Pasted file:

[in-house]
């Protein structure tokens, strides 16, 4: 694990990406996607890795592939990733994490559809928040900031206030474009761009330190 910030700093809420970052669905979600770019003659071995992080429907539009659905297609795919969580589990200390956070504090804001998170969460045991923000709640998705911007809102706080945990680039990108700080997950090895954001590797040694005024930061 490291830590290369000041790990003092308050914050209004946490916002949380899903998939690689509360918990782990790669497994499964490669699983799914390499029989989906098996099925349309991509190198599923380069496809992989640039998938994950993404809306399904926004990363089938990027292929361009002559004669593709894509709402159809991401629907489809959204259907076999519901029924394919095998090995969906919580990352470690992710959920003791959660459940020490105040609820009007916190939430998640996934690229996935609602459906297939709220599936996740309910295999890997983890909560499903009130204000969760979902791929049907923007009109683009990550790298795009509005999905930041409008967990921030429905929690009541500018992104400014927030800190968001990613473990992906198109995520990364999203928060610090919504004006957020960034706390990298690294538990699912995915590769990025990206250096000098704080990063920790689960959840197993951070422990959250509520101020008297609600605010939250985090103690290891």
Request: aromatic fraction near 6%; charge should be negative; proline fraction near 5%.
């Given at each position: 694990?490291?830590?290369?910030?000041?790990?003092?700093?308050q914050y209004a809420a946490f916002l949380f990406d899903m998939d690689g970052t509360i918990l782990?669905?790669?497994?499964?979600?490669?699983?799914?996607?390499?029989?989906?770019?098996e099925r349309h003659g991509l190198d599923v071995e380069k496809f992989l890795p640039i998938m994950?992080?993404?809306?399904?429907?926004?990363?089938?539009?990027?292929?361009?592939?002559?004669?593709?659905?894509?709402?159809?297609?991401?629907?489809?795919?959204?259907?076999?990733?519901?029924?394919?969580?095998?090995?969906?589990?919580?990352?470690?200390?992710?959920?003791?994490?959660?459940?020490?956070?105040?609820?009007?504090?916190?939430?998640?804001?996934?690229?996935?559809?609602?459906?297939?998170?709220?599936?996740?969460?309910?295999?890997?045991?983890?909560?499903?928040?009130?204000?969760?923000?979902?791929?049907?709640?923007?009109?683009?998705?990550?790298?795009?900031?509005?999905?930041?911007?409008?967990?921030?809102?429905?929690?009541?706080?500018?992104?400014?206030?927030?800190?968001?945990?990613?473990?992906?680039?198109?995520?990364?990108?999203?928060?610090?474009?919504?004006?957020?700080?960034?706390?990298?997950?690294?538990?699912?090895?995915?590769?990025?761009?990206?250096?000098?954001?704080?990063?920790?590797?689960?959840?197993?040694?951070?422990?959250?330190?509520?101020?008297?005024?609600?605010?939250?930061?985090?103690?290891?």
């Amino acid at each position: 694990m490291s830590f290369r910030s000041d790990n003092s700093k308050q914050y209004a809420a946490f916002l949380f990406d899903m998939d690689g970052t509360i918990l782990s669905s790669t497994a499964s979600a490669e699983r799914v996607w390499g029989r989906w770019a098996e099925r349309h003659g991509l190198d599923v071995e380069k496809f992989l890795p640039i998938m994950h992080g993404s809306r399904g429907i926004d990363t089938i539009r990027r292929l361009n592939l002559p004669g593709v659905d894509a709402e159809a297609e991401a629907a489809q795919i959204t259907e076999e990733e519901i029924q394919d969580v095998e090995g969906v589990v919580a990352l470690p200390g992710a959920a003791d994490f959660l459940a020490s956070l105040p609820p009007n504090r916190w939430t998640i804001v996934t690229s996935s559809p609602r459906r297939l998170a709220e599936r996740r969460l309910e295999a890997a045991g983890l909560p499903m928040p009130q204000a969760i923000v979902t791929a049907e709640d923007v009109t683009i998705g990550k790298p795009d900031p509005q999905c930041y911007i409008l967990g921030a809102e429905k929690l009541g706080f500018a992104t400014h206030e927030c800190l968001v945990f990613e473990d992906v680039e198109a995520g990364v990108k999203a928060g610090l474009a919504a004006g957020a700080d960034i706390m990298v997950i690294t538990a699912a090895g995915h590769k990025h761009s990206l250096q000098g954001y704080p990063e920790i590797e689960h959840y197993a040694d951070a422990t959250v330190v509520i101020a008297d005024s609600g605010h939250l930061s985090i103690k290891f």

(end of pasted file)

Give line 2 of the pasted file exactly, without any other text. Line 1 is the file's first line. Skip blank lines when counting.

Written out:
């Protein structure tokens, strides 16, 4: 694990990406996607890795592939990733994490559809928040900031206030474009761009330190 910030700093809420970052669905979600770019003659071995992080429907539009659905297609795919969580589990200390956070504090804001998170969460045991923000709640998705911007809102706080945990680039990108700080997950090895954001590797040694005024930061 490291830590290369000041790990003092308050914050209004946490916002949380899903998939690689509360918990782990790669497994499964490669699983799914390499029989989906098996099925349309991509190198599923380069496809992989640039998938994950993404809306399904926004990363089938990027292929361009002559004669593709894509709402159809991401629907489809959204259907076999519901029924394919095998090995969906919580990352470690992710959920003791959660459940020490105040609820009007916190939430998640996934690229996935609602459906297939709220599936996740309910295999890997983890909560499903009130204000969760979902791929049907923007009109683009990550790298795009509005999905930041409008967990921030429905929690009541500018992104400014927030800190968001990613473990992906198109995520990364999203928060610090919504004006957020960034706390990298690294538990699912995915590769990025990206250096000098704080990063920790689960959840197993951070422990959250509520101020008297609600605010939250985090103690290891």